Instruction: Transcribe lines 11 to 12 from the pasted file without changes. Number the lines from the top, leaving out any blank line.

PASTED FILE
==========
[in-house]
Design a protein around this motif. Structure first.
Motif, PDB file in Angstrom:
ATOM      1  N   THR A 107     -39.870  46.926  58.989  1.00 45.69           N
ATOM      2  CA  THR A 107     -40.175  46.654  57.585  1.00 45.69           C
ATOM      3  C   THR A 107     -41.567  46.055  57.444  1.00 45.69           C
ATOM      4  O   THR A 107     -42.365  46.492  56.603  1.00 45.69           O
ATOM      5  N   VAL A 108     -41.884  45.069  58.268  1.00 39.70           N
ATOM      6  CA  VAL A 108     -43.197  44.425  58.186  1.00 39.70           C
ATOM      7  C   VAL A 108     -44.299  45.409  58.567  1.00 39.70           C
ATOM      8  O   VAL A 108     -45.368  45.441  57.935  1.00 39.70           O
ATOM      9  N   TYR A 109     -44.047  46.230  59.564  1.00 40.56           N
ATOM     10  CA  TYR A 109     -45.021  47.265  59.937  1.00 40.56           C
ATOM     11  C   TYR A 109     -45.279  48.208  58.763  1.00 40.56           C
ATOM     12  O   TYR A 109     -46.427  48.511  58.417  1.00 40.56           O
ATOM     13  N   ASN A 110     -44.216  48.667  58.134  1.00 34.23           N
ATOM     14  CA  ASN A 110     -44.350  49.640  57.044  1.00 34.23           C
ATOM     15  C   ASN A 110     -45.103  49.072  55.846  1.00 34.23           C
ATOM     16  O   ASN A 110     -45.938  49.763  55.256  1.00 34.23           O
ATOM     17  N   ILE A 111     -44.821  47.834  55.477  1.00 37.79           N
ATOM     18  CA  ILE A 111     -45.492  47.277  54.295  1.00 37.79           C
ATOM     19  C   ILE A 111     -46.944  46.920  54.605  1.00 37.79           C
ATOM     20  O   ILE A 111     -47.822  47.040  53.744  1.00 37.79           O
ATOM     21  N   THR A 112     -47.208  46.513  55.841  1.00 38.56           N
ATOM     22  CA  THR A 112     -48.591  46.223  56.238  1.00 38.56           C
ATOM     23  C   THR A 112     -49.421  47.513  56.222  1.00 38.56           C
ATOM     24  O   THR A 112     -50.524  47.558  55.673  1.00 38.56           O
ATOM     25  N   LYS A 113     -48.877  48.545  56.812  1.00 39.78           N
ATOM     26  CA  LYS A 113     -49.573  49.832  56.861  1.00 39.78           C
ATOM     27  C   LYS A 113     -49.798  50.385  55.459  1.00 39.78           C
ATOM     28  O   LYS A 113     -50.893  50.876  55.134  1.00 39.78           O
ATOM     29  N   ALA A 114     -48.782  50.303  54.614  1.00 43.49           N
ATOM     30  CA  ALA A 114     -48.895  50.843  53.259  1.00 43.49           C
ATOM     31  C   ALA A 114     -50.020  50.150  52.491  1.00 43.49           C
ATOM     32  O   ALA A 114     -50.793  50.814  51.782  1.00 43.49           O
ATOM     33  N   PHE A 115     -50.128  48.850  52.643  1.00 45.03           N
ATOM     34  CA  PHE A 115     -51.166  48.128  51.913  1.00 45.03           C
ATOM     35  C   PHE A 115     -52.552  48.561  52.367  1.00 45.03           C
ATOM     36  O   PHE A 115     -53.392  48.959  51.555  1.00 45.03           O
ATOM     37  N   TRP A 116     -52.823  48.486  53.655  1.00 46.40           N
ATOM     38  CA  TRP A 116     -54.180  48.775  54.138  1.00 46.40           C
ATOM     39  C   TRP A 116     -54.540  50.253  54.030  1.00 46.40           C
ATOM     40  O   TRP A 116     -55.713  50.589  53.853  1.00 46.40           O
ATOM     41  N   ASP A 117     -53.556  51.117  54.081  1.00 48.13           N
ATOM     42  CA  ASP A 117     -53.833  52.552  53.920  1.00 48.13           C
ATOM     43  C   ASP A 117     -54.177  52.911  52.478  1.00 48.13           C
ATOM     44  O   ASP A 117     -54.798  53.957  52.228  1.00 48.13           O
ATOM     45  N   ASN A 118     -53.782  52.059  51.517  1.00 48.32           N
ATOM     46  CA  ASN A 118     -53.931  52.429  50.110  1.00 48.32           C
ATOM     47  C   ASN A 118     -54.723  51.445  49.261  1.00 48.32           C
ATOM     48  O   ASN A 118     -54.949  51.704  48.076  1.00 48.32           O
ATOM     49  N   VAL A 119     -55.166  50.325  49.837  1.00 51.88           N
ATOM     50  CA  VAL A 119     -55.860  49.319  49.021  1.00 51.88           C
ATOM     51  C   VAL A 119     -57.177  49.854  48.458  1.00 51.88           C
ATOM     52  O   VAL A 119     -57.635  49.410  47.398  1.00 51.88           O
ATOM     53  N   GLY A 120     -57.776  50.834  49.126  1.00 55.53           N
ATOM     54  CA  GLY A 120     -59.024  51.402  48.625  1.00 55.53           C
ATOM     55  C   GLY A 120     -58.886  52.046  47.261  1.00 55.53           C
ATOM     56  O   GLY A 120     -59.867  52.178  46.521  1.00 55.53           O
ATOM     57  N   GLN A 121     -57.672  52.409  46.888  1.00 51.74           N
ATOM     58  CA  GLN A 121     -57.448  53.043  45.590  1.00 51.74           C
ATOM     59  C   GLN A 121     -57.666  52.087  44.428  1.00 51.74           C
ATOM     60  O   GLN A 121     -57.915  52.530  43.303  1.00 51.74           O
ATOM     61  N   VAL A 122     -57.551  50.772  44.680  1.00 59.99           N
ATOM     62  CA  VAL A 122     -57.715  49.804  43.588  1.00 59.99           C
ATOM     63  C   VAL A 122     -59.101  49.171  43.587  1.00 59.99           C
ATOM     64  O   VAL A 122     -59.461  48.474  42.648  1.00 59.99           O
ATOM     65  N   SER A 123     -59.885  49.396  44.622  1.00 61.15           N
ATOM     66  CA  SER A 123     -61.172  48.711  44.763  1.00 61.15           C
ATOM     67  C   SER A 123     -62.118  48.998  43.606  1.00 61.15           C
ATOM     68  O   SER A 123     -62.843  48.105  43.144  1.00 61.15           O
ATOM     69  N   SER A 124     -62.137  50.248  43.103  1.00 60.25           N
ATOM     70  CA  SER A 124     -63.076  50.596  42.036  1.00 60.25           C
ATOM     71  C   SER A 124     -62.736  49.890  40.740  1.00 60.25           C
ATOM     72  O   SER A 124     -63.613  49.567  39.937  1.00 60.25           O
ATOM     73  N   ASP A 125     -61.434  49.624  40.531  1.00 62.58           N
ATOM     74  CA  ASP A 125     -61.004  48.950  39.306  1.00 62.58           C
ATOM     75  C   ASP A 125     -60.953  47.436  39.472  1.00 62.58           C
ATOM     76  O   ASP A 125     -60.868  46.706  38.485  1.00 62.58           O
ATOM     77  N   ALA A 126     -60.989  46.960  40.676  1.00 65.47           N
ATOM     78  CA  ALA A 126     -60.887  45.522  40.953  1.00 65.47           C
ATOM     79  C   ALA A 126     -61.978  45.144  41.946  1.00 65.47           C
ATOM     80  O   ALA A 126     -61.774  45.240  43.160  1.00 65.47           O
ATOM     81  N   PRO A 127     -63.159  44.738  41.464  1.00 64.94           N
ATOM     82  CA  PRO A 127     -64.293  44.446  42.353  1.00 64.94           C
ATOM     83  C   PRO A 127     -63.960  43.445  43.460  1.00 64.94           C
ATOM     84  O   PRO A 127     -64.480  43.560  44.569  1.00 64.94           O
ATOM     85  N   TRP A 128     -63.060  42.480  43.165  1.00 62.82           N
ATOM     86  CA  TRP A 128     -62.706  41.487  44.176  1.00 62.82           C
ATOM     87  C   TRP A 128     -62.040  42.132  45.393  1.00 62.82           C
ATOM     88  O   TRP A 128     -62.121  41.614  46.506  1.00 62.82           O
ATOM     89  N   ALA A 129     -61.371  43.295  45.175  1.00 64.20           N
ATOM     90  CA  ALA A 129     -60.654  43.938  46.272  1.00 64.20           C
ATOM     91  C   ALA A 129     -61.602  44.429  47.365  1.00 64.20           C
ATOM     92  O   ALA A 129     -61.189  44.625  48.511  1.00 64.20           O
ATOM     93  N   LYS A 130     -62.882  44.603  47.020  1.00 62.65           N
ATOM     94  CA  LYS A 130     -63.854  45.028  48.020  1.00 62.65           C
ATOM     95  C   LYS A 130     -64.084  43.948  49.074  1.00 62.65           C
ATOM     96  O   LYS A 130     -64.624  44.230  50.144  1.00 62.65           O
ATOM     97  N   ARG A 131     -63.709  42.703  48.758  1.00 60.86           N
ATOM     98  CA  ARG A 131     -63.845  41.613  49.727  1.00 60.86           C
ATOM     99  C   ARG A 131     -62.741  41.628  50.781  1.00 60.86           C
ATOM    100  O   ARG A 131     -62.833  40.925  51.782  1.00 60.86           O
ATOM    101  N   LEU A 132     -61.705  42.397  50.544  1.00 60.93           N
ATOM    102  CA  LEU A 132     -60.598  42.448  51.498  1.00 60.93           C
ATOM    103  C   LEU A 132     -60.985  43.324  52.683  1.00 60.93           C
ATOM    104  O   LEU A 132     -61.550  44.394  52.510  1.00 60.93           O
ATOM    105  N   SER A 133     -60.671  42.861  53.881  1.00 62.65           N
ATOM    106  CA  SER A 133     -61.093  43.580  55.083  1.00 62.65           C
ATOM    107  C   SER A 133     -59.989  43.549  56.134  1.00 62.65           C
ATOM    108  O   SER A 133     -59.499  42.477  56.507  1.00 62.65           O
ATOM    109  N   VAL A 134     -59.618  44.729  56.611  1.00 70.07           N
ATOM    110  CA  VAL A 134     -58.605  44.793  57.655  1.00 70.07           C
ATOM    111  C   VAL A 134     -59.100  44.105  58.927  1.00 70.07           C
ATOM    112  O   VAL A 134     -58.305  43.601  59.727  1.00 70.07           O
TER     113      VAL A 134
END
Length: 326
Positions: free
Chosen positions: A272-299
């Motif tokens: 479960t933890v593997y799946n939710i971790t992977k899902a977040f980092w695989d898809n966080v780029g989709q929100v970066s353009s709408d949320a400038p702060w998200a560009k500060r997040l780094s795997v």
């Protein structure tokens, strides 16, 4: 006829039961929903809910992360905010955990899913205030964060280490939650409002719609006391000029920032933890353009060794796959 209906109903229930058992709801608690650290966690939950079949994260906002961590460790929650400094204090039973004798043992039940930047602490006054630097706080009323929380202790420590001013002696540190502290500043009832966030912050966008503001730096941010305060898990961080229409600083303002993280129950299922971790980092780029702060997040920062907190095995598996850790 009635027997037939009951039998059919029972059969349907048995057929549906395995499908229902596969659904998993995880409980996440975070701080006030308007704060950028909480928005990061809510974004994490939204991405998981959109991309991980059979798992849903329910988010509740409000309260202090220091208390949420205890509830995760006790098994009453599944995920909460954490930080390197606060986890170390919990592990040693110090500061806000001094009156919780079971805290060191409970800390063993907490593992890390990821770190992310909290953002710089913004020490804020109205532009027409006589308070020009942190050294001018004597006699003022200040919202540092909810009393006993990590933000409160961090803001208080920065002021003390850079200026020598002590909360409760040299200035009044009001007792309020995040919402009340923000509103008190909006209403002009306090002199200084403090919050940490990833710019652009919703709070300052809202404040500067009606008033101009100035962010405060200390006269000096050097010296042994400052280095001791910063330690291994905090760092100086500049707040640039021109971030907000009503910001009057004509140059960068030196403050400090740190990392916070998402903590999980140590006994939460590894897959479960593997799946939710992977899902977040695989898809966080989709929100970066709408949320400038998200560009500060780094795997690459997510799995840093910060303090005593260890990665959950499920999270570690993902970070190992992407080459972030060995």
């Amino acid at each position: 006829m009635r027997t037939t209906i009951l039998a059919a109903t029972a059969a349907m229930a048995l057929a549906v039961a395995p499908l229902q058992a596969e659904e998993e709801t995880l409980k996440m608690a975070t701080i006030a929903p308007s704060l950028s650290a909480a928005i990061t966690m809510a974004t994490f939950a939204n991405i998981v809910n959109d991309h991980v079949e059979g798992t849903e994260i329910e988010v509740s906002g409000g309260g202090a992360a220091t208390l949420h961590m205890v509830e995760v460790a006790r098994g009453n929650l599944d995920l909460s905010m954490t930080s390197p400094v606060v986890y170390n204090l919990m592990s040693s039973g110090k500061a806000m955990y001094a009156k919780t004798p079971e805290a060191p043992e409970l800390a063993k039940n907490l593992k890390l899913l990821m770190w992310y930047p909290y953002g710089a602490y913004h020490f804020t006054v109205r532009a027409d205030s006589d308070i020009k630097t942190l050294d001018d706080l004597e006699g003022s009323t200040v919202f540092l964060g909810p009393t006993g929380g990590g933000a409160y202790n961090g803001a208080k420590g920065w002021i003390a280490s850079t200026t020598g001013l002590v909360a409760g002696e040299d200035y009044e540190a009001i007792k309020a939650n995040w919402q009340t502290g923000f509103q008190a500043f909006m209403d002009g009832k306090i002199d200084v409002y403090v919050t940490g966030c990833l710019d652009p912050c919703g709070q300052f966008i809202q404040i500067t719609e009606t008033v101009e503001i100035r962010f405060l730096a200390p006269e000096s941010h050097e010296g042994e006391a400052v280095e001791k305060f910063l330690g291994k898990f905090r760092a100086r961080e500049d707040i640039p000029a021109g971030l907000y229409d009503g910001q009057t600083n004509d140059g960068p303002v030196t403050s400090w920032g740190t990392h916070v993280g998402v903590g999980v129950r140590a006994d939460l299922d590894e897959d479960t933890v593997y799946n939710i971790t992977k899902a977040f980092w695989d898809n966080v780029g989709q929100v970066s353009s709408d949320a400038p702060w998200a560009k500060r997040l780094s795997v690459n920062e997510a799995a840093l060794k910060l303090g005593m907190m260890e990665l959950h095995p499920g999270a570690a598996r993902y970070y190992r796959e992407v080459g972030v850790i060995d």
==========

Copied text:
ATOM      8  O   VAL A 108     -45.368  45.441  57.935  1.00 39.70           O
ATOM      9  N   TYR A 109     -44.047  46.230  59.564  1.00 40.56           N